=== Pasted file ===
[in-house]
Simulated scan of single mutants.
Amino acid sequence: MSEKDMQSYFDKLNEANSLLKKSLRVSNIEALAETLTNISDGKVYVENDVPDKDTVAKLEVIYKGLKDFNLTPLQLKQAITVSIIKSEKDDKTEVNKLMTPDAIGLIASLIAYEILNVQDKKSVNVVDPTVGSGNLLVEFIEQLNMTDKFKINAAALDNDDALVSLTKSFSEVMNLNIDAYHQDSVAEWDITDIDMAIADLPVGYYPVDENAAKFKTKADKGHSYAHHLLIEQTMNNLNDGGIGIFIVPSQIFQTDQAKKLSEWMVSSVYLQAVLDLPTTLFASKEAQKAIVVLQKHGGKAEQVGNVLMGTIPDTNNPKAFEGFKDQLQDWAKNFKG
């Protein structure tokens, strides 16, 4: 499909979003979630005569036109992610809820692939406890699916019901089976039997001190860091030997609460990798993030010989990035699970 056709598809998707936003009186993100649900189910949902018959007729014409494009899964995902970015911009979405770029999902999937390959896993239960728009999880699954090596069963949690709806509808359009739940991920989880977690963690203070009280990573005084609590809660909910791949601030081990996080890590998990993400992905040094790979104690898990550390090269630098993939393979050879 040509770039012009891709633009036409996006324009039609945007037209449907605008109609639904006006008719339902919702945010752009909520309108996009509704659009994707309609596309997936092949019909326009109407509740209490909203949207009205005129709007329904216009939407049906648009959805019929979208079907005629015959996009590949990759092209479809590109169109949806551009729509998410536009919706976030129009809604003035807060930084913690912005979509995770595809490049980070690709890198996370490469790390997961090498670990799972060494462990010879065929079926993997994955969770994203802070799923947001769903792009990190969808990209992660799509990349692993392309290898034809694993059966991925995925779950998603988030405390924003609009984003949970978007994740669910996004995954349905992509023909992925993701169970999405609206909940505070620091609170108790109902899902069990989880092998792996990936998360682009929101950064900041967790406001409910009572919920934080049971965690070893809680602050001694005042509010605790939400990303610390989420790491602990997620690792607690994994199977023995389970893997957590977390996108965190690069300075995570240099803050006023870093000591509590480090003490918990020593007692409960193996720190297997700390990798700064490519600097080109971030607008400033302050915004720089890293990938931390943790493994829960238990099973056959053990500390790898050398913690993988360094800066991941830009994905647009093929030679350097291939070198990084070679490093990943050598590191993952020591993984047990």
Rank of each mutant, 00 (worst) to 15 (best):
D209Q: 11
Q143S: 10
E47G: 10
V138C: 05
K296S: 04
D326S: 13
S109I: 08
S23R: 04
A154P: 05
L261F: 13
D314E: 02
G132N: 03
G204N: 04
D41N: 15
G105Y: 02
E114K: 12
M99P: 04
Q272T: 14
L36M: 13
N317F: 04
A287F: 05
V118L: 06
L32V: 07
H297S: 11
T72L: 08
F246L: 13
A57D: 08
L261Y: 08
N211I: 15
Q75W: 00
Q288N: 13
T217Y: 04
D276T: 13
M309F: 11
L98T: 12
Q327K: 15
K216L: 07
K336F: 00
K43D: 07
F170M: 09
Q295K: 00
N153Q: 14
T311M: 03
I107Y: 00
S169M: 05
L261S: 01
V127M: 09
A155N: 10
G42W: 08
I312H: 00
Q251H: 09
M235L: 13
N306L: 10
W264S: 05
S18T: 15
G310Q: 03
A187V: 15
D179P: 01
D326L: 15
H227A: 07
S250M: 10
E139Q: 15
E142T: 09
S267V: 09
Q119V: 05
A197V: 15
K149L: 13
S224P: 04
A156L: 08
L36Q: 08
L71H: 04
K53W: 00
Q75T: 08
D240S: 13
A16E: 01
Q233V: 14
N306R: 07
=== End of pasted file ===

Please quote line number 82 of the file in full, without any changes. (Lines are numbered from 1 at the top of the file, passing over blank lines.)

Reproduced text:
N306R: 07